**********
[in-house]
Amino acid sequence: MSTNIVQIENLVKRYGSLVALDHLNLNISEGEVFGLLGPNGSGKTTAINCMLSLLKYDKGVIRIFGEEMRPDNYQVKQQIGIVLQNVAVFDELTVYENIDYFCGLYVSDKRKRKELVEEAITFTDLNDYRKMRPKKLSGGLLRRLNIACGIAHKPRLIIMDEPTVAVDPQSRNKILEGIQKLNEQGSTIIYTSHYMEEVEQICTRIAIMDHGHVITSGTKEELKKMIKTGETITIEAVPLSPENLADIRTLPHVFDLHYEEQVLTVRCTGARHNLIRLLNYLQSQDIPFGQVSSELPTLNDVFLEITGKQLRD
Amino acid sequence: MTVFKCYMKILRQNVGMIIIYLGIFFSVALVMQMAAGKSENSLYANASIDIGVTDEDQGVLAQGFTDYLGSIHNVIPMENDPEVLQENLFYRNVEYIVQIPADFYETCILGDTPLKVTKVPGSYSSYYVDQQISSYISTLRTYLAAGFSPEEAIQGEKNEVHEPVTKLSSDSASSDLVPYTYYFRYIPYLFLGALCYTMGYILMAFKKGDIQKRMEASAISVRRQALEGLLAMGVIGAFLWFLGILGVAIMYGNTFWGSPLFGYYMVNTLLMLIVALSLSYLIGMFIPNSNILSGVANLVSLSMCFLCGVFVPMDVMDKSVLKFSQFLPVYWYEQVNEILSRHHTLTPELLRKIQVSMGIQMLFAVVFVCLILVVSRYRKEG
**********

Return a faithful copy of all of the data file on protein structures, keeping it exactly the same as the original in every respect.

[in-house]
Amino acid sequence: MSTNIVQIENLVKRYGSLVALDHLNLNISEGEVFGLLGPNGSGKTTAINCMLSLLKYDKGVIRIFGEEMRPDNYQVKQQIGIVLQNVAVFDELTVYENIDYFCGLYVSDKRKRKELVEEAITFTDLNDYRKMRPKKLSGGLLRRLNIACGIAHKPRLIIMDEPTVAVDPQSRNKILEGIQKLNEQGSTIIYTSHYMEEVEQICTRIAIMDHGHVITSGTKEELKKMIKTGETITIEAVPLSPENLADIRTLPHVFDLHYEEQVLTVRCTGARHNLIRLLNYLQSQDIPFGQVSSELPTLNDVFLEITGKQLRD
Amino acid sequence: MTVFKCYMKILRQNVGMIIIYLGIFFSVALVMQMAAGKSENSLYANASIDIGVTDEDQGVLAQGFTDYLGSIHNVIPMENDPEVLQENLFYRNVEYIVQIPADFYETCILGDTPLKVTKVPGSYSSYYVDQQISSYISTLRTYLAAGFSPEEAIQGEKNEVHEPVTKLSSDSASSDLVPYTYYFRYIPYLFLGALCYTMGYILMAFKKGDIQKRMEASAISVRRQALEGLLAMGVIGAFLWFLGILGVAIMYGNTFWGSPLFGYYMVNTLLMLIVALSLSYLIGMFIPNSNILSGVANLVSLSMCFLCGVFVPMDVMDKSVLKFSQFLPVYWYEQVNEILSRHHTLTPELLRKIQVSMGIQMLFAVVFVCLILVVSRYRKEG